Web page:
Congratulations on being selected as an alternate for a flight with the Thunderbirds. Obviously we would love to fly everyone who is nominated for a flight, but keep in mind that if the primary nominee for the flight on Thursday, July 3, is not able to fly for any reason, you are next in line!

Should that happen, the following instructions would apply…

We will need you to arrive for your flight equipment fitting at the airport by 2:30 p.m. We will meet you [location redacted]. If you need directions, please talk to [name and contact information redacted]. She should be able to point you in the right direction. She is our local Public Relations point of contact.

Please make sure that your cameraman or photographer is with you for complete coverage of your day’s activities. Also, please bring a cotton t-shirt (any color) and a pair of cotton athletic socks that come up to the middle of your calves. Both are for your comfort. We will provide you with the flight suit, harness, helmet, G-suit and all other gear necessary to make your flight as comfortable as possible. All you will wear under your flight suit is your socks, t-shirt and underwear.

The scheduled take off would be at 5:30 p.m. and would last about an hour. Because of weather and air traffic variations, we cannot guarantee an on-time take off and landing.

Your cameraman or photographer will have access to everything during the day with the exception of the few minutes you spend with our flight surgeon. Also, we will have a still photographer there to capture the entire day for you and we will ensure that you receive a CD of digital photos as soon as possible for your personal use.

Some things to keep in mind to make your flight as enjoyable as possible:

Starting 24 hours prior to your flight, hydrate. Drink water until you’re silly and then drink another bottle. Hydration combats motion sickness, so this step is key.

It is not recommended that you go drinking the night before your flight. The alcohol and its after-effects also quickly dehydrate the body and will encourage a feeling of dizziness and nausea that you will want to avoid while flying at speeds approaching the sound barrier!

The day of the flight, unless you can’t live without it, please avoid that morning cup of coffee. Avoid carbonation and caffeine the day of your flight. Both are diuretics and will cancel out all of the work you did for the 24 hours prior getting yourself good and hydrated.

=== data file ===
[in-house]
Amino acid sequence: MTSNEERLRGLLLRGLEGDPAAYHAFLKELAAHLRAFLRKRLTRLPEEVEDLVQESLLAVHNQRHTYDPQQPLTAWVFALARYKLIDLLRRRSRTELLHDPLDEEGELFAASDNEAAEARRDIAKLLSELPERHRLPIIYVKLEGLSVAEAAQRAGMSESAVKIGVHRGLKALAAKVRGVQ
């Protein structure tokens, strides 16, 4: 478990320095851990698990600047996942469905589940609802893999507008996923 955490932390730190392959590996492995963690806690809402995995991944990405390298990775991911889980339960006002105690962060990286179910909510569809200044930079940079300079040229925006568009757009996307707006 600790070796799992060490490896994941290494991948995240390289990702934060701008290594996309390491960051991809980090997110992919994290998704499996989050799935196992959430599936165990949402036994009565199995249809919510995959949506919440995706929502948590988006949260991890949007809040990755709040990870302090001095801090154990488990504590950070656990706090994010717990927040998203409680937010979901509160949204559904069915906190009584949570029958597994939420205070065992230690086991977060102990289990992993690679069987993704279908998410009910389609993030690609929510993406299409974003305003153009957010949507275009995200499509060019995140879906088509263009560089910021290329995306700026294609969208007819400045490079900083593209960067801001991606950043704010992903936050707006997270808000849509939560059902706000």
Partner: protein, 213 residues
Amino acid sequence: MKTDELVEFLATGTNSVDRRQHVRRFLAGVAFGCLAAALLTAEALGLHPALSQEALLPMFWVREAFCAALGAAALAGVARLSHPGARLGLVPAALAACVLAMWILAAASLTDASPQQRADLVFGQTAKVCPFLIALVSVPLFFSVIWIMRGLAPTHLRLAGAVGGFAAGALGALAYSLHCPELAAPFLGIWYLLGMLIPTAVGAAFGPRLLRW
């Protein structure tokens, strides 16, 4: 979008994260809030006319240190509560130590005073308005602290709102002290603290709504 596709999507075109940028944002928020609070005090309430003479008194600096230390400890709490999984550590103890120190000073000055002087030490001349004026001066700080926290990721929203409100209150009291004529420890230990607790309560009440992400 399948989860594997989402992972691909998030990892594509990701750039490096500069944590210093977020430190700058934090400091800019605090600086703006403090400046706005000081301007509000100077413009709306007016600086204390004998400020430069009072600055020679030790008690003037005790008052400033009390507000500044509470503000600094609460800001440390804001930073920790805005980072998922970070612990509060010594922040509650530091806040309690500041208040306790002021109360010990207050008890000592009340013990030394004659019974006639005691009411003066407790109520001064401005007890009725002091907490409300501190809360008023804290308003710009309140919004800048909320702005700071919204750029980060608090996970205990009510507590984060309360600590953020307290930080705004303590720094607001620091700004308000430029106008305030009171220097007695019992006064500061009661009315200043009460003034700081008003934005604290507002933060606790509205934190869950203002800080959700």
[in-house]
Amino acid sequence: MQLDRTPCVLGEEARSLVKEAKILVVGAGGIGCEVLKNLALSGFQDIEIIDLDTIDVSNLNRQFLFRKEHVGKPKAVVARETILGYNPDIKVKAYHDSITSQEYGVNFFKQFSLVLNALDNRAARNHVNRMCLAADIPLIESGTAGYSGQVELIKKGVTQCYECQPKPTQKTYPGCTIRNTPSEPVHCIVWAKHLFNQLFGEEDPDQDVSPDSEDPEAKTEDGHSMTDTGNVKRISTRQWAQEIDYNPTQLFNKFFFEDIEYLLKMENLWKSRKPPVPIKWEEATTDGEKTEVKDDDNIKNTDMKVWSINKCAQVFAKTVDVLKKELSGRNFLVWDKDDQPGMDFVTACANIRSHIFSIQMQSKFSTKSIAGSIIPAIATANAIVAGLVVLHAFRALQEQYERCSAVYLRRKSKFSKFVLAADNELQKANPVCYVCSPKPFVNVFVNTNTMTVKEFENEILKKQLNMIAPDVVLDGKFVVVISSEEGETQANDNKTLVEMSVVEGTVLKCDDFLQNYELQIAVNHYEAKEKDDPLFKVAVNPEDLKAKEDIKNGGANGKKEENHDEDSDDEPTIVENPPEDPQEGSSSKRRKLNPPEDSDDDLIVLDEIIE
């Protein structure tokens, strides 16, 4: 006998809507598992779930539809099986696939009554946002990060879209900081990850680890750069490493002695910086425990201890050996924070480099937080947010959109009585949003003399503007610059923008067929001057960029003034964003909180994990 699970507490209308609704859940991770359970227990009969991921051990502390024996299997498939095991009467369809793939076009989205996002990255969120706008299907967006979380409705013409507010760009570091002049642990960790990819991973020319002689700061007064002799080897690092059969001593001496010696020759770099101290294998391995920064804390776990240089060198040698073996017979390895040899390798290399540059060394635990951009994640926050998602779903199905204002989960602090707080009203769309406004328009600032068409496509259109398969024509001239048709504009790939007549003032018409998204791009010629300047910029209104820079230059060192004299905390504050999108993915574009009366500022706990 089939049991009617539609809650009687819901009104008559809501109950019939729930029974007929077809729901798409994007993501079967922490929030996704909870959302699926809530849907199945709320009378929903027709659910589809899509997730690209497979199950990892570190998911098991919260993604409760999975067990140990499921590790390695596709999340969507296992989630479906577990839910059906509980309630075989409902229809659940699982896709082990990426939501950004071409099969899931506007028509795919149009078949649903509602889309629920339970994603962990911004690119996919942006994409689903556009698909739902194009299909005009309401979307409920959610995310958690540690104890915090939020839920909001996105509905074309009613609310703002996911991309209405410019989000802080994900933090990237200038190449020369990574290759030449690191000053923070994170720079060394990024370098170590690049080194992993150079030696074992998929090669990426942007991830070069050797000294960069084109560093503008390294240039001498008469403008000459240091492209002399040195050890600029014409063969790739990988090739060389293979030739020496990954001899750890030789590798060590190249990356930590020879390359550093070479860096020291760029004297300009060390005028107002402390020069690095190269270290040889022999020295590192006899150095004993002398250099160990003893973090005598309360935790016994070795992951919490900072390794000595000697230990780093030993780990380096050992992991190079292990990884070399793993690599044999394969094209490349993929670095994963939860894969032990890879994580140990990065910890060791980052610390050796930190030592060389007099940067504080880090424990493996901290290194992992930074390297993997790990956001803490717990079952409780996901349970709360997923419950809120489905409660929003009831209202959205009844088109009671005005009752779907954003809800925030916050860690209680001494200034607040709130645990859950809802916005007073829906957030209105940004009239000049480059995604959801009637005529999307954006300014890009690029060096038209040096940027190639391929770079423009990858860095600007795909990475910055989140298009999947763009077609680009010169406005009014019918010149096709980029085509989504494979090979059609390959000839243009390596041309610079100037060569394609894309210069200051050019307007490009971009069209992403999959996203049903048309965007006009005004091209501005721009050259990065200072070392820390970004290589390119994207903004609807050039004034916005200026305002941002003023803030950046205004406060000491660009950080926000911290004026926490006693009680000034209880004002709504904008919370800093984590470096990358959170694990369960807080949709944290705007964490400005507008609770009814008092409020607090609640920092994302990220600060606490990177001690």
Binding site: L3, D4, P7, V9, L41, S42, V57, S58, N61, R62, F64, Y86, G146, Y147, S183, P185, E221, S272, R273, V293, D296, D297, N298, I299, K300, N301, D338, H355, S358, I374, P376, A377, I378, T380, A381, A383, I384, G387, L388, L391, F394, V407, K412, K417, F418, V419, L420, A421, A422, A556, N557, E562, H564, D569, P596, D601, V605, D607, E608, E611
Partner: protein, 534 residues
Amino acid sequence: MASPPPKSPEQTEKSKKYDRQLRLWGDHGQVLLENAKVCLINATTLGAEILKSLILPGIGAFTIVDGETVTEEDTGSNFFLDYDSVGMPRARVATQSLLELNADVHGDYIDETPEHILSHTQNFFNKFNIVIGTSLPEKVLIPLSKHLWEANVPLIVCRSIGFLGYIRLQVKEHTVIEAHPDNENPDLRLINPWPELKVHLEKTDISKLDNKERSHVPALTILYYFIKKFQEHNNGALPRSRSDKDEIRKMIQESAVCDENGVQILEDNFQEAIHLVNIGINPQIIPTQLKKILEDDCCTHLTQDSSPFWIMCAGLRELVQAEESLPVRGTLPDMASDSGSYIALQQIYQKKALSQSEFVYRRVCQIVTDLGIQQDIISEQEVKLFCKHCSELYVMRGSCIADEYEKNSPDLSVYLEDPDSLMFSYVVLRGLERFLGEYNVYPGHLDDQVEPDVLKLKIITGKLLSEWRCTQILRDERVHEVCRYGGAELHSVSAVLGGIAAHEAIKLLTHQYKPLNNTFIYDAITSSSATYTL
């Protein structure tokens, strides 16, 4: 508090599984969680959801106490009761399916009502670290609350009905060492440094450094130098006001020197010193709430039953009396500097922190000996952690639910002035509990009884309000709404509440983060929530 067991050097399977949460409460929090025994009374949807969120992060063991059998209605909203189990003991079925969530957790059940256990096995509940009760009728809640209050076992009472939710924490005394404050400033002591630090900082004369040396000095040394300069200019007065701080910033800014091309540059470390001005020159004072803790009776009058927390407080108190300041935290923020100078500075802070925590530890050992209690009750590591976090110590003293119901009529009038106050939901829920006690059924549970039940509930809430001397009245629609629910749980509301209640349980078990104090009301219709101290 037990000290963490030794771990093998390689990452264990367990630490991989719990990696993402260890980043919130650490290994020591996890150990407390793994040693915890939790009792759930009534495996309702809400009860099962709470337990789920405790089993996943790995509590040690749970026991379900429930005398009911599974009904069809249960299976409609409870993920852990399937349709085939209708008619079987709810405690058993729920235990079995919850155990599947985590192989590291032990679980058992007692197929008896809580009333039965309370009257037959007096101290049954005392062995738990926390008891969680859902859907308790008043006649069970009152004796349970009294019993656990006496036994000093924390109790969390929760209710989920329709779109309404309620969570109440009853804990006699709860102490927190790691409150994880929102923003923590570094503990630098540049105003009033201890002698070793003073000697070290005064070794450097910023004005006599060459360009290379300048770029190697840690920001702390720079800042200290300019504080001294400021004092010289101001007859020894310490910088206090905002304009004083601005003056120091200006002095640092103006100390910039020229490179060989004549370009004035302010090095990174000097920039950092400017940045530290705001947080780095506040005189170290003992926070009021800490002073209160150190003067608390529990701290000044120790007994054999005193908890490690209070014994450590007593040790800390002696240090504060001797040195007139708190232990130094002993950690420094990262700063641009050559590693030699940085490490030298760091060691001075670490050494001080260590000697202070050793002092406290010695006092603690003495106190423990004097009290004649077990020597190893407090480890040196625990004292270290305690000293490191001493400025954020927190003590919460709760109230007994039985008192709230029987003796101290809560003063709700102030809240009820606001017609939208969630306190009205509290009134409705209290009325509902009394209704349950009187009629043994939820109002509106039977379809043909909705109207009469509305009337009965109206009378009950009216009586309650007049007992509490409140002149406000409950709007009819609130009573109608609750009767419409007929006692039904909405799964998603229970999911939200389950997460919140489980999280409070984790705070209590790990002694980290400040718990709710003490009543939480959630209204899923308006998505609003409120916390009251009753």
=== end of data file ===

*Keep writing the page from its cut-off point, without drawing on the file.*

The day of your flight, I want you to have food in your stomach, but nothing greasy and nothing spicy. It’s a good idea to stay away from deep fried breakfast Taquitos! A piece of fruit and a bagel, or a light turkey sandwich would be ideal. The carbs will be good for you and will help to keep your stomach settled that day.

In the meantime, remember that just because you weren’t selected to fly with us this time around doesn’t mean that you never will. The Thunderbirds return routinely to cities such as yours to participate in air shows. You can learn more about the Thunderbirds by visiting us on-line at

Thank you and have a great day!

Staff Sgt. Russ Martin
Chief, Media Relations
USAF Thunderbirds


Guys, SSgt martin is a real pro and very clearly loves what he does. He made the whole experience go smoothly and this e-mail is just one of many artifacts of that process.

Civil Air Patrol Makes It into Air Force Blues Again

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Farva sends 1Lt. Kenneth “Barbie” Dahl headlong into contact with the Civil Air Patrol again. Enjoy! For more Air Force Blues, head over to

Air Force Blues with Austin "Farva" May

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In the words of today’s guest, “You’re not truly sh*t hot until there’s a comic about you.”
This week, we talk to Austin “Farva” May, the author of the relatively new web comic “Air Force Blues.” Air Force Blues directs a finely-tuned wit at the US Air Force and fighter pilots in particular. We caught up with Farva at his home during a recent evening to talk about the Air Force, flying, and comics.
May was an airborne surveillance technician on the Boeing E-3 Sentry for four years. The E-3 is a a military airborne warning and control system (AWACS) aircraft that provides surveillance, command, control and communications in all weather conditions.

Click here for interview audio.

Additional information:

Air Force Blues website:

Farva’s AWACker MySpace page:

Wikipedia entry:

USAF Recruiting:

AWACker at Chairforce:

CAPblog’s entry about